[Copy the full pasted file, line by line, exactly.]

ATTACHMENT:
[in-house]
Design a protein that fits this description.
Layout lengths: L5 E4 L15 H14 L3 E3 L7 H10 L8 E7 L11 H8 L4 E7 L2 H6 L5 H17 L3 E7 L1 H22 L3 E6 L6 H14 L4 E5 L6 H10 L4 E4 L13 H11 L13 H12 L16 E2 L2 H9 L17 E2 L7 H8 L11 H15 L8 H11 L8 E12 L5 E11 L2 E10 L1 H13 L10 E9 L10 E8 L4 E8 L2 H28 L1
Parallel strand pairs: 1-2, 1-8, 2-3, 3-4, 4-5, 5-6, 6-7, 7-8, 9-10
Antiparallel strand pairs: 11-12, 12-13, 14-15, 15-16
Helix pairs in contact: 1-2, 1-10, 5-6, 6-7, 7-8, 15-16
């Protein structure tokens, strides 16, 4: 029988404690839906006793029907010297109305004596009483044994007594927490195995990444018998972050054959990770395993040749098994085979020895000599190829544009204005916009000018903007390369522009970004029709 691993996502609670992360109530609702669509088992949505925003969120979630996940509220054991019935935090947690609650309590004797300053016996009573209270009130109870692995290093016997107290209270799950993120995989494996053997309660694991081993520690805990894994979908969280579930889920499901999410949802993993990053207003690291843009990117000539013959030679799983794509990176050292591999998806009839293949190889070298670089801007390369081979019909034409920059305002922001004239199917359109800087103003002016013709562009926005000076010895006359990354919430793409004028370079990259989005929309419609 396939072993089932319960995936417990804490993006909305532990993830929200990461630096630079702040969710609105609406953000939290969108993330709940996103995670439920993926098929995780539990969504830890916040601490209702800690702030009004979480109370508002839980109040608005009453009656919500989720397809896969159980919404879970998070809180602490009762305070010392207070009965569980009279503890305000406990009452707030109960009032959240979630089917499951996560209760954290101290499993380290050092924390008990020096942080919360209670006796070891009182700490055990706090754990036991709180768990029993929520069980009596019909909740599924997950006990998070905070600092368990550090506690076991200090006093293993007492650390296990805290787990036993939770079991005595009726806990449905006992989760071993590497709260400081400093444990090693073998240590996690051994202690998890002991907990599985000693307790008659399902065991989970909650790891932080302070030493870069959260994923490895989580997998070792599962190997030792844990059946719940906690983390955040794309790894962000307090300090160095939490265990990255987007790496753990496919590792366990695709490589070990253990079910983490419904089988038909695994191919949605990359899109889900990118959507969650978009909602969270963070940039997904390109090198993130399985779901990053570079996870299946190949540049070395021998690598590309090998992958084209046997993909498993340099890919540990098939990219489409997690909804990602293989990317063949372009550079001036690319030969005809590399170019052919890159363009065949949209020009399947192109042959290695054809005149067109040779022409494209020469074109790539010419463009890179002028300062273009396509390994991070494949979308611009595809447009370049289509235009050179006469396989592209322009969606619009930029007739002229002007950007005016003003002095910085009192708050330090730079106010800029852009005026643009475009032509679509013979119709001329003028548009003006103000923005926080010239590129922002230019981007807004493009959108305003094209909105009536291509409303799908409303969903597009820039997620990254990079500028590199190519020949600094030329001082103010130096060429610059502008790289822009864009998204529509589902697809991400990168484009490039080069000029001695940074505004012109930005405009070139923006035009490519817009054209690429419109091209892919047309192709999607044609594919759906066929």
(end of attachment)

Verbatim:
[in-house]
Design a protein that fits this description.
Layout lengths: L5 E4 L15 H14 L3 E3 L7 H10 L8 E7 L11 H8 L4 E7 L2 H6 L5 H17 L3 E7 L1 H22 L3 E6 L6 H14 L4 E5 L6 H10 L4 E4 L13 H11 L13 H12 L16 E2 L2 H9 L17 E2 L7 H8 L11 H15 L8 H11 L8 E12 L5 E11 L2 E10 L1 H13 L10 E9 L10 E8 L4 E8 L2 H28 L1
Parallel strand pairs: 1-2, 1-8, 2-3, 3-4, 4-5, 5-6, 6-7, 7-8, 9-10
Antiparallel strand pairs: 11-12, 12-13, 14-15, 15-16
Helix pairs in contact: 1-2, 1-10, 5-6, 6-7, 7-8, 15-16
């Protein structure tokens, strides 16, 4: 029988404690839906006793029907010297109305004596009483044994007594927490195995990444018998972050054959990770395993040749098994085979020895000599190829544009204005916009000018903007390369522009970004029709 691993996502609670992360109530609702669509088992949505925003969120979630996940509220054991019935935090947690609650309590004797300053016996009573209270009130109870692995290093016997107290209270799950993120995989494996053997309660694991081993520690805990894994979908969280579930889920499901999410949802993993990053207003690291843009990117000539013959030679799983794509990176050292591999998806009839293949190889070298670089801007390369081979019909034409920059305002922001004239199917359109800087103003002016013709562009926005000076010895006359990354919430793409004028370079990259989005929309419609 396939072993089932319960995936417990804490993006909305532990993830929200990461630096630079702040969710609105609406953000939290969108993330709940996103995670439920993926098929995780539990969504830890916040601490209702800690702030009004979480109370508002839980109040608005009453009656919500989720397809896969159980919404879970998070809180602490009762305070010392207070009965569980009279503890305000406990009452707030109960009032959240979630089917499951996560209760954290101290499993380290050092924390008990020096942080919360209670006796070891009182700490055990706090754990036991709180768990029993929520069980009596019909909740599924997950006990998070905070600092368990550090506690076991200090006093293993007492650390296990805290787990036993939770079991005595009726806990449905006992989760071993590497709260400081400093444990090693073998240590996690051994202690998890002991907990599985000693307790008659399902065991989970909650790891932080302070030493870069959260994923490895989580997998070792599962190997030792844990059946719940906690983390955040794309790894962000307090300090160095939490265990990255987007790496753990496919590792366990695709490589070990253990079910983490419904089988038909695994191919949605990359899109889900990118959507969650978009909602969270963070940039997904390109090198993130399985779901990053570079996870299946190949540049070395021998690598590309090998992958084209046997993909498993340099890919540990098939990219489409997690909804990602293989990317063949372009550079001036690319030969005809590399170019052919890159363009065949949209020009399947192109042959290695054809005149067109040779022409494209020469074109790539010419463009890179002028300062273009396509390994991070494949979308611009595809447009370049289509235009050179006469396989592209322009969606619009930029007739002229002007950007005016003003002095910085009192708050330090730079106010800029852009005026643009475009032509679509013979119709001329003028548009003006103000923005926080010239590129922002230019981007807004493009959108305003094209909105009536291509409303799908409303969903597009820039997620990254990079500028590199190519020949600094030329001082103010130096060429610059502008790289822009864009998204529509589902697809991400990168484009490039080069000029001695940074505004012109930005405009070139923006035009490519817009054209690429419109091209892919047309192709999607044609594919759906066929």